"Not surprisingly, in the hundred years since Dvořák lived there, the building underwent some modernization, the most radical change being a circular staircase between parlor floor and the ground floor, and the removal of the exterior stoop. But the principal rooms, which overlooked the rear garden and the street, retained their original marble mantelpieces and much of the woodwork survived as well. The window shutters were still folded into their paneled boxes, and the massive doors and window frames were intact.
"I could imagine where Dvořák set the piano that William Steinway sent over from his 14th Street showroom ... in the back room near the garden window, with the north light coming over his right shoulder. I envisioned the Kneisel (string) Quartet during one of their visits, set up in the corner next to the fireplace, and Dvořák's children gathered round the piano playing the Sonatina. I wondered, In which room did Burleigh sing to Dvořák?
"I joined the battle to save the Dvořák House. We gave concerts, formed a committee of distinguished 'friends' and lobbied local and national politicians. But within fourteen months of my first visit, the house was no more. For one brief period our efforts seemed to have been rewarded when the New York City Landmarks Preservation Commission officially designated the Dvořák House a cultural landmark on February 26, 1991, but four months later the designation was overturned by the City Council — the first reversal of its kind by that body. In the interim we enlisted William Warfield to sing 'Goin' Home' at a City Council public hearing. The hospital countered, calling upon its deepest political connections and convincing Isaac Stern, savior of Carnegie Hall, to declare on television: "We have the music, Dvořák was there for only a short time, why keep a building that has changed beyond recognition?" To my naive surprise the New York Times came down against us. An editorial appeared with the heading 'Dvořák Doesn't Live Here Anymore,' on March 7, 1991. It was an embittering experience, my first real encounter with city politics and with raw, arrogant power.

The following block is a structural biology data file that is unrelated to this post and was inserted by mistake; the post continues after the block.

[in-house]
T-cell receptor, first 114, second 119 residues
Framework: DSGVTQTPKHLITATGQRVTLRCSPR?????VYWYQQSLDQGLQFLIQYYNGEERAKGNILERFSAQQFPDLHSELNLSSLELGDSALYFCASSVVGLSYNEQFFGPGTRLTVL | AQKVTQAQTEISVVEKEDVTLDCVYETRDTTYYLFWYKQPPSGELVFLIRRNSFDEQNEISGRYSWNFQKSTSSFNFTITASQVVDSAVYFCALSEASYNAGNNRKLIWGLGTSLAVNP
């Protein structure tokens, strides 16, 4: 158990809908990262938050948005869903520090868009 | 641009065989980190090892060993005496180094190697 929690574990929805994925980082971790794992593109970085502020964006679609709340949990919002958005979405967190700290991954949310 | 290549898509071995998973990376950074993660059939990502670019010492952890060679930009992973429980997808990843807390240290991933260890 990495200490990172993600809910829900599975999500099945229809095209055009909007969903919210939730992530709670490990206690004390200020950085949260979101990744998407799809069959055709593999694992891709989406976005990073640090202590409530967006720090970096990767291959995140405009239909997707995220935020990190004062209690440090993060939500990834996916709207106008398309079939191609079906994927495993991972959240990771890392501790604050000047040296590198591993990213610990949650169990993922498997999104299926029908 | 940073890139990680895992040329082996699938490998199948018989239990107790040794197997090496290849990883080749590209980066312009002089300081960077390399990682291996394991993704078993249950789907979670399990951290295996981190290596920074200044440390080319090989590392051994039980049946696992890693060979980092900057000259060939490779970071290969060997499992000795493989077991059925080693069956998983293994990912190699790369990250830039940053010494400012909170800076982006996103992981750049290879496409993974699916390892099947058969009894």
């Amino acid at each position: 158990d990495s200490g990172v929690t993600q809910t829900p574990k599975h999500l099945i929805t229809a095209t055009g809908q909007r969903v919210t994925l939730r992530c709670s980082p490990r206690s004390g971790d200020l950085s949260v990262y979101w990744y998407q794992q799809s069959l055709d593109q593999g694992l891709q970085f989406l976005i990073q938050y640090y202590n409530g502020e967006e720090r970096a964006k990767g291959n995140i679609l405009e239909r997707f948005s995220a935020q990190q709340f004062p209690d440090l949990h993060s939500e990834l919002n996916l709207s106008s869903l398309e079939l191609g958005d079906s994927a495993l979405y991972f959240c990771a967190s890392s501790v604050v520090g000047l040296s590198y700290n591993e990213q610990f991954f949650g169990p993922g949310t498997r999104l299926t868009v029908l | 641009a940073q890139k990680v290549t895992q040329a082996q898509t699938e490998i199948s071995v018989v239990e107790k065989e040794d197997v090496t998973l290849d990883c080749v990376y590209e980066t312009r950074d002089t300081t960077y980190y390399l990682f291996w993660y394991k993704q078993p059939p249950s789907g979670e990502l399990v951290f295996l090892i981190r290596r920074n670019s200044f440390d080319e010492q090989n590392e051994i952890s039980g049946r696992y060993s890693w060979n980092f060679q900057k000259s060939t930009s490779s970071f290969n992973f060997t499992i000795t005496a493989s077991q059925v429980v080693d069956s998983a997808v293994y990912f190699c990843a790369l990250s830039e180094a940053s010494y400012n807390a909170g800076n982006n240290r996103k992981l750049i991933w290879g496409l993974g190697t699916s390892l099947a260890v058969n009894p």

"I was heartsick over the destruction of the central icon of Dvořák's American period, and mortified before my Czech friends who - coming from a country where historic churches, synagogues, and houses both modest and grand are cherished and lovingly maintained - could not understand why the United States would allow such a desecration. I was also particularly saddened for Jarmila Novotná. Having sung at the dedication of the plaque fifty years earlier, she was more than another concerned artist. Novotná was, in the greater sense, a trustee. And knowing that she had been there with Burleigh, Kovařík, Kreisler, and others who worked with the master made the hundred years between myself and Dvořák almost fathomable.
"One of the most devoted Dvořák House proponents, the architect Jan Hird Pokorny, made arrangements to have the bas-relief plaque and the parlor–floor mantels removed and placed in storage at the Bohemian National Hall on Manhattan's East 73rd Street. The building was erected in 1895/97 by the Czech community with the help of Dvořák, who raised money for it when he first arrived in New York. These elements have become part of the Bohemian Hall's planned Dvořák Room. Had the battle to save the Dvořák House taken place a year later, when the 100th anniversary of Dvořák's American adventure got underway and a cascade of Dvořák articles and celebrations descended upon us, I firmly believe the house would still be standing. Maybe a Dvořák Museum on Stuyvesant Square park would have had a chance."